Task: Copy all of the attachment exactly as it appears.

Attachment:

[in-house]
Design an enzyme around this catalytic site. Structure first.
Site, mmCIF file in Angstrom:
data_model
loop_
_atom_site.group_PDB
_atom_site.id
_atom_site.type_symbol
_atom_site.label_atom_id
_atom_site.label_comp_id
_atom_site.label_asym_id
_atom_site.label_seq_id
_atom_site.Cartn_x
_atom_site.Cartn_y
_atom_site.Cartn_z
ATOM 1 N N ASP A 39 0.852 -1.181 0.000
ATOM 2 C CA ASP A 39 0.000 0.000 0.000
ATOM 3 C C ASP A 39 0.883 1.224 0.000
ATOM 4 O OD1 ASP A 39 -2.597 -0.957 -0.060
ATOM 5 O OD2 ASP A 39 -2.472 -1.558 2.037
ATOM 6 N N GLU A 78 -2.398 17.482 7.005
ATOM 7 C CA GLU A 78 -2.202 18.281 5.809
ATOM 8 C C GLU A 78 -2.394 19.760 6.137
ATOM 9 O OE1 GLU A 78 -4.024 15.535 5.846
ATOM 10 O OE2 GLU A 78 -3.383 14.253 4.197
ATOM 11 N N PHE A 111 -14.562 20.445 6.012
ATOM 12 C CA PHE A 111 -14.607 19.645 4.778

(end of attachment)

[in-house]
Design an enzyme around this catalytic site. Structure first.
Site, mmCIF file in Angstrom:
data_model
loop_
_atom_site.group_PDB
_atom_site.id
_atom_site.type_symbol
_atom_site.label_atom_id
_atom_site.label_comp_id
_atom_site.label_asym_id
_atom_site.label_seq_id
_atom_site.Cartn_x
_atom_site.Cartn_y
_atom_site.Cartn_z
ATOM 1 N N ASP A 39 0.852 -1.181 0.000
ATOM 2 C CA ASP A 39 0.000 0.000 0.000
ATOM 3 C C ASP A 39 0.883 1.224 0.000
ATOM 4 O OD1 ASP A 39 -2.597 -0.957 -0.060
ATOM 5 O OD2 ASP A 39 -2.472 -1.558 2.037
ATOM 6 N N GLU A 78 -2.398 17.482 7.005
ATOM 7 C CA GLU A 78 -2.202 18.281 5.809
ATOM 8 C C GLU A 78 -2.394 19.760 6.137
ATOM 9 O OE1 GLU A 78 -4.024 15.535 5.846
ATOM 10 O OE2 GLU A 78 -3.383 14.253 4.197
ATOM 11 N N PHE A 111 -14.562 20.445 6.012
ATOM 12 C CA PHE A 111 -14.607 19.645 4.778